Monday, February 22, 2010


We went to buy Tylenol today and the cashier ringing us up was a black man. (Yes, I think the color of his skin plays a part in this story.) As we were finishing up our purchase, the woman in line behind us, as way of introduction I guess, asked the cashier, "Nigeria?" No, "Hi" or anything else, just the question. He smiled at her and said, "No, but you're close. I'm from Ghana." She responded with, "I haven't been there, but I want to go. I've been to six of your countries."

Our transaction was finished by that point and that's the last I heard. She seemed to be a nice enough person, from what I could guess from that momentary encounter near her. And he didn't seem to mind the questioning.

It struck me as odd, though. I can't imagine going to another continent, telling someone I'm from the United States and having them respond, "I've been to two of your other countries, but not yours." Or something like that. (Not so much to choose from here in North America.)

Also, I still find it odd that "we" seem to think that Africa is some unified, homogenous place. All of Africa. I have no idea what Ghana is like, I don't know if it's anything like the six other African countries the international-traveler had been to. I'm kind of guessing that these countries weren't exactly alike, but I don't know how they seemed to her.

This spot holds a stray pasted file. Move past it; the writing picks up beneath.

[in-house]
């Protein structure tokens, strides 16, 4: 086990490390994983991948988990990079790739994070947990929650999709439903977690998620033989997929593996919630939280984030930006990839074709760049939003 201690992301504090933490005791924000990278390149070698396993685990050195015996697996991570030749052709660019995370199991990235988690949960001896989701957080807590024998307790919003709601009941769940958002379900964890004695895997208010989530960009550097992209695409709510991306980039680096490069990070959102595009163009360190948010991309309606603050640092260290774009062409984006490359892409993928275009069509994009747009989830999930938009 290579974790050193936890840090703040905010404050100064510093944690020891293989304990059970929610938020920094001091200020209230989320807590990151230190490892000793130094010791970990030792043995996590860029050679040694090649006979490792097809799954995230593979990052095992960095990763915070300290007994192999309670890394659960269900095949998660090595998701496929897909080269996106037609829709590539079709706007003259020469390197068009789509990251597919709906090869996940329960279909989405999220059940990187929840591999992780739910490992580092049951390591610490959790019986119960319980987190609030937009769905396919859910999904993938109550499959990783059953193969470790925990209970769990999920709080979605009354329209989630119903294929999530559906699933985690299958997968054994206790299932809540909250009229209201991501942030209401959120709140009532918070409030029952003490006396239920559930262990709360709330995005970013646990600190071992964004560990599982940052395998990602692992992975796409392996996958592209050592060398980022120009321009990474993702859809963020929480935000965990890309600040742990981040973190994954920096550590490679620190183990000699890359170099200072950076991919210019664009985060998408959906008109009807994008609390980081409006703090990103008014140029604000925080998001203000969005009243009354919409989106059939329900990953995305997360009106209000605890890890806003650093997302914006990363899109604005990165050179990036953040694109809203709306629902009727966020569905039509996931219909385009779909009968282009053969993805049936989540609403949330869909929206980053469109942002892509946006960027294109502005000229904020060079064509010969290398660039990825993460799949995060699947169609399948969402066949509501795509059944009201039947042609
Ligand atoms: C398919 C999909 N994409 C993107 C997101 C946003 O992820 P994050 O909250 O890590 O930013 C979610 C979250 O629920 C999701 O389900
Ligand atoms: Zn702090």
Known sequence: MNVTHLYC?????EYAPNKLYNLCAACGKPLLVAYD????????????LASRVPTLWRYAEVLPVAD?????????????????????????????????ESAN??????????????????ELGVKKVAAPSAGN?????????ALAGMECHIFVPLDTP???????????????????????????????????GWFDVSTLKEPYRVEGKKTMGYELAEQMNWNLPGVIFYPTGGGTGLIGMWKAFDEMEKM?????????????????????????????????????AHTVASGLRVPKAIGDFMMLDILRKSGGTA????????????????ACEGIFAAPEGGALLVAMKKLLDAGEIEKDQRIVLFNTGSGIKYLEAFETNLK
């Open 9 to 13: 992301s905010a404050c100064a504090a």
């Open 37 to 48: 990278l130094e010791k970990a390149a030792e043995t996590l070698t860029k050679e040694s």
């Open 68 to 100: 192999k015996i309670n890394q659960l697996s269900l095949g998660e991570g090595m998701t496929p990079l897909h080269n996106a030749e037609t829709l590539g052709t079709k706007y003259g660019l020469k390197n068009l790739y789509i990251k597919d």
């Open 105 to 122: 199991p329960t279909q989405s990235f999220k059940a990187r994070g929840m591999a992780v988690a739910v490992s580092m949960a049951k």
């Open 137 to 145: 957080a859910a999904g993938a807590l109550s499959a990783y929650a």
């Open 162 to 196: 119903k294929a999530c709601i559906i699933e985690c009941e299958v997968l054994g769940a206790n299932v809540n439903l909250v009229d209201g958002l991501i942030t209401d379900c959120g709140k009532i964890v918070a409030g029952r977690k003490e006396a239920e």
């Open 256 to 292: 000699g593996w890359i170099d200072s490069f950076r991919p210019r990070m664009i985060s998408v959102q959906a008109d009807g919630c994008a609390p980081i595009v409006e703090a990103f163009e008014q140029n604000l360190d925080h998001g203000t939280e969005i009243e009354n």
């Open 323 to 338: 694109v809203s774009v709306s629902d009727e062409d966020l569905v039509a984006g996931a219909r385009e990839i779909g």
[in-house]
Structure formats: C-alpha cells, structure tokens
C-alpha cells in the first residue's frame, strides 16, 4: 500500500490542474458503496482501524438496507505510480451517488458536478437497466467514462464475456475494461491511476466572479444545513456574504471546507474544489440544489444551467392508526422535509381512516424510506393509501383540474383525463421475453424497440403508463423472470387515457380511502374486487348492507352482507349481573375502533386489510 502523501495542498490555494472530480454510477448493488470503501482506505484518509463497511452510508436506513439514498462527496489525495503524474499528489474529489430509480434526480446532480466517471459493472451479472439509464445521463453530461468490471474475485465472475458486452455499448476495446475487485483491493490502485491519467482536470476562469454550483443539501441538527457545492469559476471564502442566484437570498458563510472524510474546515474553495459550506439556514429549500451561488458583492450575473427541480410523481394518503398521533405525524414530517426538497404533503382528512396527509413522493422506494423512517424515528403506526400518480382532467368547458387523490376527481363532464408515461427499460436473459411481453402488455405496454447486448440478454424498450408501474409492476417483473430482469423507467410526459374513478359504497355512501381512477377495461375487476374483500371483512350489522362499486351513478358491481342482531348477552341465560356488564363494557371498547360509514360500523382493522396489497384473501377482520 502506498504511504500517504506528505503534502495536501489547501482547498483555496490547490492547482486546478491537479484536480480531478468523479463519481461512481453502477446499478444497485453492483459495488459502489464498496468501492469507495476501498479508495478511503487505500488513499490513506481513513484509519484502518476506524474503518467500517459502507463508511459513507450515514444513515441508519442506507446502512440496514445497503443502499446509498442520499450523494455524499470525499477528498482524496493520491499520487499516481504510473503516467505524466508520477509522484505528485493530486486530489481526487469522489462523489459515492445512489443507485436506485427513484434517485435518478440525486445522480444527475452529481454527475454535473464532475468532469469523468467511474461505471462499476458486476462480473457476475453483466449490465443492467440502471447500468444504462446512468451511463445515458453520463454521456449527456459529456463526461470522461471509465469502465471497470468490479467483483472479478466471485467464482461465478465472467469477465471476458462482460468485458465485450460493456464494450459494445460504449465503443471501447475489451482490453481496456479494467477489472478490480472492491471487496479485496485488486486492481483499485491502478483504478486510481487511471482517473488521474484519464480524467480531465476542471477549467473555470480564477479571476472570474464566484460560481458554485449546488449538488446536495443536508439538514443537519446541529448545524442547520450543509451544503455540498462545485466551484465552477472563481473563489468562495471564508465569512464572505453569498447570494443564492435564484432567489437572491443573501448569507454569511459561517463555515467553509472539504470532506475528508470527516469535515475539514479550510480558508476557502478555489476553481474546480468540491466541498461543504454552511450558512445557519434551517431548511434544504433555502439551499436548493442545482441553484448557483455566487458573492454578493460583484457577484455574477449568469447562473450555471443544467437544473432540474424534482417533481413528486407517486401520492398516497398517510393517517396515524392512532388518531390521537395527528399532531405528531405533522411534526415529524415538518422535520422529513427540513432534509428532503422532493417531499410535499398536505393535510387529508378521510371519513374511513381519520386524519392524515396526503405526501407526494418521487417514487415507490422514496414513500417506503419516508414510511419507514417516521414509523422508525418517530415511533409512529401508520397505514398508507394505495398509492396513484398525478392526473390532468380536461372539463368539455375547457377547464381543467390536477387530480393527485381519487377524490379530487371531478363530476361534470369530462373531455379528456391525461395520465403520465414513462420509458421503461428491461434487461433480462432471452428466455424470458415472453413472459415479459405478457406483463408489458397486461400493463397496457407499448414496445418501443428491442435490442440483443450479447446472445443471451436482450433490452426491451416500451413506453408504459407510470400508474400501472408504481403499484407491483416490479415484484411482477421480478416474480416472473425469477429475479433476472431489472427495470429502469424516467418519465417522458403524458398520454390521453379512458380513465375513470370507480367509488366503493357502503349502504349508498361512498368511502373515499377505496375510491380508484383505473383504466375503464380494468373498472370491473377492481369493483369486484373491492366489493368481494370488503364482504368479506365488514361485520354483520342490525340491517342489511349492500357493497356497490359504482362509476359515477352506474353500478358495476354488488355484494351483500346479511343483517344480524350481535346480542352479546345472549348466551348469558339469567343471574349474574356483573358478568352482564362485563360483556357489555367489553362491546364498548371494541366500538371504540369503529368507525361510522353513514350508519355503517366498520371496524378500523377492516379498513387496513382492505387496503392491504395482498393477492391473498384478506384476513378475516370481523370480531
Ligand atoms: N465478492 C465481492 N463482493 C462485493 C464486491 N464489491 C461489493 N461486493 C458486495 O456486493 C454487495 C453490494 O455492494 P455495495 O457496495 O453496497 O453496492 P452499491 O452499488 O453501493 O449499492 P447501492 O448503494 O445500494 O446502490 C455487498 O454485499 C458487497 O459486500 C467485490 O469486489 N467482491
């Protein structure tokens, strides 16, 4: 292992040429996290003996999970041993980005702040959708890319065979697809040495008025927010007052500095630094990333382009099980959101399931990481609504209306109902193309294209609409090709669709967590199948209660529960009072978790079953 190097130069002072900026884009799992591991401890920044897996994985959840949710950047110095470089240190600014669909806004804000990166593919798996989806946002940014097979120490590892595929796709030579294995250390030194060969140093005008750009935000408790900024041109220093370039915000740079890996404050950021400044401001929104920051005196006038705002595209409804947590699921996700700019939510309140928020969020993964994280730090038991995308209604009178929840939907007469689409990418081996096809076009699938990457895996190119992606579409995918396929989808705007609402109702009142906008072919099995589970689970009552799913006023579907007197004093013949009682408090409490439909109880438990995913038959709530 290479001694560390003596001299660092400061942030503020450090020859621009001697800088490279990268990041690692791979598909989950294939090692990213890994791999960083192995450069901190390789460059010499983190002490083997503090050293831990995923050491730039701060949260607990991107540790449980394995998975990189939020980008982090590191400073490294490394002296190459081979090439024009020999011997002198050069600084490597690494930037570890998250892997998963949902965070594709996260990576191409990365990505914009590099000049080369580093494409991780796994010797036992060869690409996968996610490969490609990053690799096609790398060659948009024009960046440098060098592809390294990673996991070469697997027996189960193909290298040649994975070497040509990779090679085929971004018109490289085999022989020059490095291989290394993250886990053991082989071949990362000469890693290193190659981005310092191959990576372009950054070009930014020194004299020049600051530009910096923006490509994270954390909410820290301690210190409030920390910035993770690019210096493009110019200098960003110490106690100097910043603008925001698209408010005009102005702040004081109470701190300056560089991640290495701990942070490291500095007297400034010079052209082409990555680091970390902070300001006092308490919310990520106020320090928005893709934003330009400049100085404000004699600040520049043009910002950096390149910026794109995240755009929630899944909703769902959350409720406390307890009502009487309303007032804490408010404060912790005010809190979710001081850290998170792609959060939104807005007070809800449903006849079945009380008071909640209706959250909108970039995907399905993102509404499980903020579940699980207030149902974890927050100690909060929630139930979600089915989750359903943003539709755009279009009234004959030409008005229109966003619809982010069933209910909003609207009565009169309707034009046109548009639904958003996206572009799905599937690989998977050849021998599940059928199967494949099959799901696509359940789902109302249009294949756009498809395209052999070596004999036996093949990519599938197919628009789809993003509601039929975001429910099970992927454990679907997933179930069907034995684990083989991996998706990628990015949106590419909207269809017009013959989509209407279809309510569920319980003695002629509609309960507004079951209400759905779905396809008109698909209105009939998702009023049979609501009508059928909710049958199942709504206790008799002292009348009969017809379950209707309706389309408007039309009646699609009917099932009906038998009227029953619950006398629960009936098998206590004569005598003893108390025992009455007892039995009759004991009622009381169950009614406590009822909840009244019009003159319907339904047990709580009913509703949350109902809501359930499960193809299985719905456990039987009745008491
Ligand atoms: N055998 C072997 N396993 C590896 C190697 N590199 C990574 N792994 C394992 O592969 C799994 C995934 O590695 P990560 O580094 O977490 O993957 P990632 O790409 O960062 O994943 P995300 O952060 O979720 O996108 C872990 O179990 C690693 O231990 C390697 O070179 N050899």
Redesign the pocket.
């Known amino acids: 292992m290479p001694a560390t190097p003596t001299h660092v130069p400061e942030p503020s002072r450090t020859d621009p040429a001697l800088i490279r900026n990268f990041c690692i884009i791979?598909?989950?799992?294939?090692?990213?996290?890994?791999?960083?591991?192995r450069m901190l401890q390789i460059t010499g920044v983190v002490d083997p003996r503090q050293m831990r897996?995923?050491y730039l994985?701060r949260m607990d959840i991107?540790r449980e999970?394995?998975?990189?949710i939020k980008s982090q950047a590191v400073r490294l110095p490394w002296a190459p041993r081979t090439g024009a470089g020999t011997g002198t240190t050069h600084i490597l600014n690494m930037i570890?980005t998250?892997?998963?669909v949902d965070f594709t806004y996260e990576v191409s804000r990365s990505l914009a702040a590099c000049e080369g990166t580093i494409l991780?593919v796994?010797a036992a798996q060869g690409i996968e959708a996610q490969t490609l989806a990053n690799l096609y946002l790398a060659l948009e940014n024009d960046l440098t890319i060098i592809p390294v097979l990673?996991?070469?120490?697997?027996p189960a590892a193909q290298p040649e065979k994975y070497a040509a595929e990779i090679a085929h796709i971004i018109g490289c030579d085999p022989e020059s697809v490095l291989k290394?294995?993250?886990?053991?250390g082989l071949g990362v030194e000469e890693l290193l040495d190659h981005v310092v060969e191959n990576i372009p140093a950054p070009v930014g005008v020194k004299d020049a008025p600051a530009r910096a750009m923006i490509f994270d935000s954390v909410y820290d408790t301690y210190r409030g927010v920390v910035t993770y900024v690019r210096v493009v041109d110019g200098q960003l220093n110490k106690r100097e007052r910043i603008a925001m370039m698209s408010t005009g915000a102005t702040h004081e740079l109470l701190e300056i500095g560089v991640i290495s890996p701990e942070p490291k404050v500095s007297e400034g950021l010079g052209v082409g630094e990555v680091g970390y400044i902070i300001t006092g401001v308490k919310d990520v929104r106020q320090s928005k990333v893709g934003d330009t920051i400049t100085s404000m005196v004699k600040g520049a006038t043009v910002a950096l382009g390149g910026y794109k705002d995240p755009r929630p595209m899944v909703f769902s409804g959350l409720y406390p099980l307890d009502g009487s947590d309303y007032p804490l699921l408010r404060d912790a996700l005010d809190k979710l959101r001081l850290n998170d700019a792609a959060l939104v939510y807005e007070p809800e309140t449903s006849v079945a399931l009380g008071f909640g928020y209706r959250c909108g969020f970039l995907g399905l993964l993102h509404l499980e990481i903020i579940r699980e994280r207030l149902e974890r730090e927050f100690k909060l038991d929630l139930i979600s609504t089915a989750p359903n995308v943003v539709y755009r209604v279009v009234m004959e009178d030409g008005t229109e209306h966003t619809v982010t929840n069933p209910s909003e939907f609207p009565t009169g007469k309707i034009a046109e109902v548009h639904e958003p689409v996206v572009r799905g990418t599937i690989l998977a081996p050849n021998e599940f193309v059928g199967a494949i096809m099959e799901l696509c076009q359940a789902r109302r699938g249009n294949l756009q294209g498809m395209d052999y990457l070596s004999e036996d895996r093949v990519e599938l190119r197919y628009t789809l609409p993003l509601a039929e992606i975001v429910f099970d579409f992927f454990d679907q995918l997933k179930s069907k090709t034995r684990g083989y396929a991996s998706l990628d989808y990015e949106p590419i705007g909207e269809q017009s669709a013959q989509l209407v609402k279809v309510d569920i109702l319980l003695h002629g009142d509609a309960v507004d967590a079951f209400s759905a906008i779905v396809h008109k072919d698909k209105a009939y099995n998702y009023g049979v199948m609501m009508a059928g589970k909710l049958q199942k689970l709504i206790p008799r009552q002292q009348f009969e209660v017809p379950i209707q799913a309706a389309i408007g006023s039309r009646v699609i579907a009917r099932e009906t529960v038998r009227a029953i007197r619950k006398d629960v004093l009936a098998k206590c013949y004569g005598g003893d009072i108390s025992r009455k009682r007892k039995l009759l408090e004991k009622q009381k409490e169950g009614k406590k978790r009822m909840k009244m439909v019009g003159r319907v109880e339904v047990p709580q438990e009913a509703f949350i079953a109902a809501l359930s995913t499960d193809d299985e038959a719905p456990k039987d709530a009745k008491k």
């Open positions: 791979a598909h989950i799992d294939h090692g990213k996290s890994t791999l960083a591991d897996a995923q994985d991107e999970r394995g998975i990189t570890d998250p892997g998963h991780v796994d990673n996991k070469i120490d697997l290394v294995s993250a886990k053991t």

I just found the whole short exchange interesting, obviously.


Obviously, I'm assuming that by "your" as in "your countries," the woman meant "Africans'."

Also, I've never really been anywhere other than a small, small part of my own country. (Okay, I have been to London for about a second, but I'll not dwell on that.) Perhaps, depending on the places you visit within a country, it might be difficult to really get a feel for a country's distinct identity. I'm kind of willing to bet that there are plenty of comparable places within the US, Canada and Mexico. Not exactly alike, but alike enough to someone who hasn't experienced such in her or his own home country.


gunma-gal said...

Maybe in her mind it was like someone saying he/she is from Arizona, and responding, "Oh, I've been to Minnesota, but none of your other states."

v said...

I think you're probably right. Even thinking of that now, though, I'm thinking about the different descriptions I've heard of both of those states (I've only been to parts of Arizona, never at all to Minnesota).